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Who Discovered Diabetes?


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Who discovered diabetes? Diabetes history varies and is not completely clear but it's interesting to see how far back the research goes.

The chart below covers the history of diabetes from the 1500's through the 2000's.

Who Discovered Diabetes

History of Diabetes Mellitus

 

1500’s B.C.

It is noticed by healers that ants were attracted to the urine of people with specific disease symptoms. Also during this time, diabetes is mentioned in Egyptian records by 3rd Dynasty physician Hesy-Ra with the discussion of “frequent urination” as a symptom.

A.D. 200

Greek physician Arateus describes diabetes as “the melting down of flesh and limbs into urine.” Arateus first uses the word “diabetes”, which is a Greek word that means “to siphon” or “pass through”.

A.D.
200 – 205

Greek physician Galen comes to the conclusion (mistakenly) that diabetes is a kidney disease.

A.D. 300

Chinese and Indian scientists and scholars discover that diabetic urine has a sweet taste.

A.D.
300 – 1500

“Water tasters” are commonly used to diagnose diabetes by drinking the urine of people suspected of having the disease. Because of the sweet taste, the term mellitus is added to diabetes. Mellitus is a Latin word for “honey” or “sweetness”.

1500’s

Paracelsus, a Swiss physician, identifies diabetes as a serious disease.

1600’s

English physician Matthew Dobson developed a method to extract sugar from the urine and blood of diabetics.

French chemist Chevreul establishes a link between blood sugar (glucose) and diabetes.

1700’s

John Rollo showed that the level of sugar in urine corresponded with the types and amount of food eaten. Breads and grains increase the sugar and meats tended to decrease it.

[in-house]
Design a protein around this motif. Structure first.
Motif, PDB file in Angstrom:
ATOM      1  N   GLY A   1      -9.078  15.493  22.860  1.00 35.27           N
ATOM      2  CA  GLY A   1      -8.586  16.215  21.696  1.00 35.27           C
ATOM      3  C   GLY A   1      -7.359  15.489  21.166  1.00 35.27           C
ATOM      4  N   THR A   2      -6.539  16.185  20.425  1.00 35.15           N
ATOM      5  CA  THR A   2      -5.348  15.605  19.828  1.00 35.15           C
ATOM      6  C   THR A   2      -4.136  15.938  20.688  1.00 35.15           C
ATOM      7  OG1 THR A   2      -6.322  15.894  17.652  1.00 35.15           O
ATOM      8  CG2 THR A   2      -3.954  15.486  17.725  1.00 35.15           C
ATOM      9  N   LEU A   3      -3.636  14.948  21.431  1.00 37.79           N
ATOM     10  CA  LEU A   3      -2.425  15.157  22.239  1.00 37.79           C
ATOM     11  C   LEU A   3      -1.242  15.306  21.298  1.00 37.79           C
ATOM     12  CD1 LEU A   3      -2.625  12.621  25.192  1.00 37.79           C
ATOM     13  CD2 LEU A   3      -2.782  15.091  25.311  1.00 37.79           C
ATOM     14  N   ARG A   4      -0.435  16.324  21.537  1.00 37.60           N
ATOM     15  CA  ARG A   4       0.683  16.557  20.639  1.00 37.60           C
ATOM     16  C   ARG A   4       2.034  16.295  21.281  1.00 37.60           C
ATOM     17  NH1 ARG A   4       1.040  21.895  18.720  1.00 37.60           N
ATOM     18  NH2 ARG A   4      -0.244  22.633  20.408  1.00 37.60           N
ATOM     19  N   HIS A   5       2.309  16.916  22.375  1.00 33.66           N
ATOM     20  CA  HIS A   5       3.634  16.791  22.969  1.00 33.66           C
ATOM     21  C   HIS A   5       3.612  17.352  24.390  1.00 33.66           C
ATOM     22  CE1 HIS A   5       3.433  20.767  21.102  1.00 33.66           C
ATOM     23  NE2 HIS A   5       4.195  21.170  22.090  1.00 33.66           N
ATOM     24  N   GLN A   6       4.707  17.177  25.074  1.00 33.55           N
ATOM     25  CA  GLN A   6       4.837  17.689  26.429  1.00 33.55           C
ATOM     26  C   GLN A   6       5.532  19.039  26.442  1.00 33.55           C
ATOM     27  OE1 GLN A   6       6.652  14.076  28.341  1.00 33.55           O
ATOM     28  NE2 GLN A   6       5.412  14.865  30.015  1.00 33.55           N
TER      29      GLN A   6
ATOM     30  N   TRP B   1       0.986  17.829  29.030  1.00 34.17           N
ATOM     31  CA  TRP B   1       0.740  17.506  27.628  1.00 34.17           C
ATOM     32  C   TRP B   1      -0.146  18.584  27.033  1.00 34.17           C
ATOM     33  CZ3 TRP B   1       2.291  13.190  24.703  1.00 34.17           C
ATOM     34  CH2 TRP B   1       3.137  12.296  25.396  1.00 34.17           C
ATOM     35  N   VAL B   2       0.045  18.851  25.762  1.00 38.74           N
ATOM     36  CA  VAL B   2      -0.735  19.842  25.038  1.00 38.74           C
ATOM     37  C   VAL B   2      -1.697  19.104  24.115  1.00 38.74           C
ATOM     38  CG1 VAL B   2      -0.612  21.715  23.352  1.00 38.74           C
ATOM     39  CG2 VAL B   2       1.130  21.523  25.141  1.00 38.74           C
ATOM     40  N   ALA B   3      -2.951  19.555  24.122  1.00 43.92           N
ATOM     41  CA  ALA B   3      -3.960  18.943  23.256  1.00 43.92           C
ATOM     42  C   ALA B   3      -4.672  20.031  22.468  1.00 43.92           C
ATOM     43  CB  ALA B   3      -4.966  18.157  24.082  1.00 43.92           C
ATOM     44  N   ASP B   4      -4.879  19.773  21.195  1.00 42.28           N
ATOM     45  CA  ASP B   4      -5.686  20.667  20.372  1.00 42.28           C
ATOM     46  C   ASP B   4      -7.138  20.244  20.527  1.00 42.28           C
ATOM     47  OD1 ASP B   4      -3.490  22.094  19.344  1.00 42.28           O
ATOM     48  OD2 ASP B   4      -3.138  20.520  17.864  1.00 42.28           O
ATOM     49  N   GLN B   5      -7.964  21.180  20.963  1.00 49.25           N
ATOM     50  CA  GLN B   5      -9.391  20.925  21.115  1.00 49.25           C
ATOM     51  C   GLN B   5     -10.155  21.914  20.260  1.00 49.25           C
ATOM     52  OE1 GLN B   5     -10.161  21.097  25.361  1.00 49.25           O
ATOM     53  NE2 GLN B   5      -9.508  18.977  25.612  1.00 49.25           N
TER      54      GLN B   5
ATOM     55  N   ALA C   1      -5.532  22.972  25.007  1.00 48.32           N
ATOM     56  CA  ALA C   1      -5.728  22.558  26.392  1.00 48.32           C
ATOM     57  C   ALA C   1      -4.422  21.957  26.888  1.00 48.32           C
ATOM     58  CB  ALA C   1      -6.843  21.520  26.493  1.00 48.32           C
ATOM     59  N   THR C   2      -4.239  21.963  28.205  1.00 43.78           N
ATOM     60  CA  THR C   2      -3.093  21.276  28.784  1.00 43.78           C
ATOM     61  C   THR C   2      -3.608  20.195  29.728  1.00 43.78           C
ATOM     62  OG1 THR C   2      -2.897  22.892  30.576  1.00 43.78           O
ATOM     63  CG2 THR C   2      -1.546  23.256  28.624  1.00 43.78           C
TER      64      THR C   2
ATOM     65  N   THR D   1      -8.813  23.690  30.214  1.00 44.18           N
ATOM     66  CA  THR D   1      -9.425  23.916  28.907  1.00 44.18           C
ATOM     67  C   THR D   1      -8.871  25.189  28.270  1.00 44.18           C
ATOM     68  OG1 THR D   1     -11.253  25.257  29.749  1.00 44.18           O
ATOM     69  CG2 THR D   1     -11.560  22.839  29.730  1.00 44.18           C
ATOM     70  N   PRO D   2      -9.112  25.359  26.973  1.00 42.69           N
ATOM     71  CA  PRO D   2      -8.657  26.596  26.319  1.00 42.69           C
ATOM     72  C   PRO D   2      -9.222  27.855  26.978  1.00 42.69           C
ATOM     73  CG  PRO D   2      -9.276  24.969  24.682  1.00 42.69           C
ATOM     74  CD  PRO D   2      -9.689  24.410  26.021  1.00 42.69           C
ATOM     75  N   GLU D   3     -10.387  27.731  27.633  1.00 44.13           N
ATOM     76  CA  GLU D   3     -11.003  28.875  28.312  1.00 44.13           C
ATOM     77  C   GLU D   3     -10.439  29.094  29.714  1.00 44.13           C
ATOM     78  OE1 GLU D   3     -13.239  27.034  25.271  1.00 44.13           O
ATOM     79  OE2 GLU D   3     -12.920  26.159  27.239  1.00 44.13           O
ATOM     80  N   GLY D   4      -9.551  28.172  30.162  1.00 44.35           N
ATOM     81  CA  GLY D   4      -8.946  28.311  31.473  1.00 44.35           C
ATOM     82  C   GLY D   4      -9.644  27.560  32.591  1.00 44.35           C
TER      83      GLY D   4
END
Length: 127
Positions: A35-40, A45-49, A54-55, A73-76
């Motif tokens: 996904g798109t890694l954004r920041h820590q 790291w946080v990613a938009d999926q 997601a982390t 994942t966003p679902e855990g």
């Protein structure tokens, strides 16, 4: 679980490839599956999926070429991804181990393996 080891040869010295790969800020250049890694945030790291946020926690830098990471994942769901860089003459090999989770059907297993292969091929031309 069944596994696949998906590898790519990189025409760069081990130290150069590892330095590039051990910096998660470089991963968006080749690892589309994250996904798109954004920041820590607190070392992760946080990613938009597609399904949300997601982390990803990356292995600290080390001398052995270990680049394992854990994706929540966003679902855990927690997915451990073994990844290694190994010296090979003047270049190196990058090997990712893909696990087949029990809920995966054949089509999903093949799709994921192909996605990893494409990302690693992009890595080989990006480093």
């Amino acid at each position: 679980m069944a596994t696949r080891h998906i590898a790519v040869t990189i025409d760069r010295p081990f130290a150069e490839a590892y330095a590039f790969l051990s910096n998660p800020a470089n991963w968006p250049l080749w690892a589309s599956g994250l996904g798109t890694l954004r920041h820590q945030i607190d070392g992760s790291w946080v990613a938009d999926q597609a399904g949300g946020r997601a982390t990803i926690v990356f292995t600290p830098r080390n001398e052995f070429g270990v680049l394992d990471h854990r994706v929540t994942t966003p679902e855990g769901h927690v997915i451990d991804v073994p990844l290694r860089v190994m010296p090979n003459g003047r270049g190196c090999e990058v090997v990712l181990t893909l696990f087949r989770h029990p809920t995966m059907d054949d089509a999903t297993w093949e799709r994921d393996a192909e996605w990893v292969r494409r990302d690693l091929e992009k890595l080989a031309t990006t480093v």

English physician Thomas Cawley, while performing an autopsy of a diabetic person, discovered that the pancreas was different than that of a healthy person. This created the first connection between the pancreas and diabetes.

Late 1800’s

First chemical tests for diabetes mellitus were created (do you think the water tasters were thankful?). Also, physicians began experimenting with diets to combat diabetes.

Catoni, an Italian diabetes specialist, isolates patients under lock and key to get them to follow their diets.

1889

Oskar Minkowski and Joseph von Mering at the University of Strasbourg, France, remove the pancreas from a dog to determine the effect of an absent pancreas on digestion.

November 14, 1891

Frederick Banting is born near Alliston, Ontario, Canada.

February 28, 1899 Charles Best is born in West Pembroke, Maine.
1900 - 1915 “Fad” diabetic diets included the "oat-cure" (in which the majority of diet was made up of oatmeal), the rice cure, "potato therapy", the milk diet and even opium.
1910 - 1920

Frederick Madison Allen and Elliot P. Joslin emerge as the two leading diabetes specialists in the United States.

1912 Frederick Banting enrolls in medicine at the University of Toronto.
1913 Studies Concerning Glycosuria and Diabetes written by Frederick Madison Allen. The book encourages scientists and doctors to develop therapies for diabetic patients.
1914

Allen introduces his Starvation Diet for diabetes patients. Patients were starved until the sugar disappeared from their urine and then put on a diet of about 1,000 calories per day. They weren't allowed to ingest fat for fear of producing acidosis. Diabetic coma was avoided but patients largely were unfit for ordinary life activities. In the absence of anything better, however, the Starvation Diet was widely used as a treatment.

1919 Total Dietary Regulation in the Treatment of Diabetes is published by Allen, citing exhaustive case records of 76 of the 100 diabetes patients he observed. He becomes the director of Diabetes Research at the Rockefeller Institute.
1919 - 20 Physiatric Institute in New Jersey established by Allen. This is the first clinic in the United States to treat patients with diabetes, high blood pressure, and Bright's disease.
July 1, 1920

Banting opens his first office in London, Ontario. He receives his first patient on July 29 and earns a total of $4 for his first month of work.

October 31, 1920 Banting conceives of the idea of insulin after reading Moses Barron's “The Relation of the Islets of Langerhans to Diabetes with Special Reference to Cases of Pancreatic Lithiasis” in Surgery, Gynecology and Obstetrics. For the next year, with the assistance of Best, James Collip and John Macleod, Banting continues his research using a variety of different extracts on de-pancreatized dogs.
1921 Banting, Best and crew discover insulin and successfully treat a de-pancreatized dog.
1922

One of Collip's insulin extracts is tested on a human being - a 14 year old boy from Toronto named Leonard Thompson. The treatment was considered a success by the end of the following February.

Eli Lilly and Company and the University of Toronto form a partnership to produce insulin in bulk.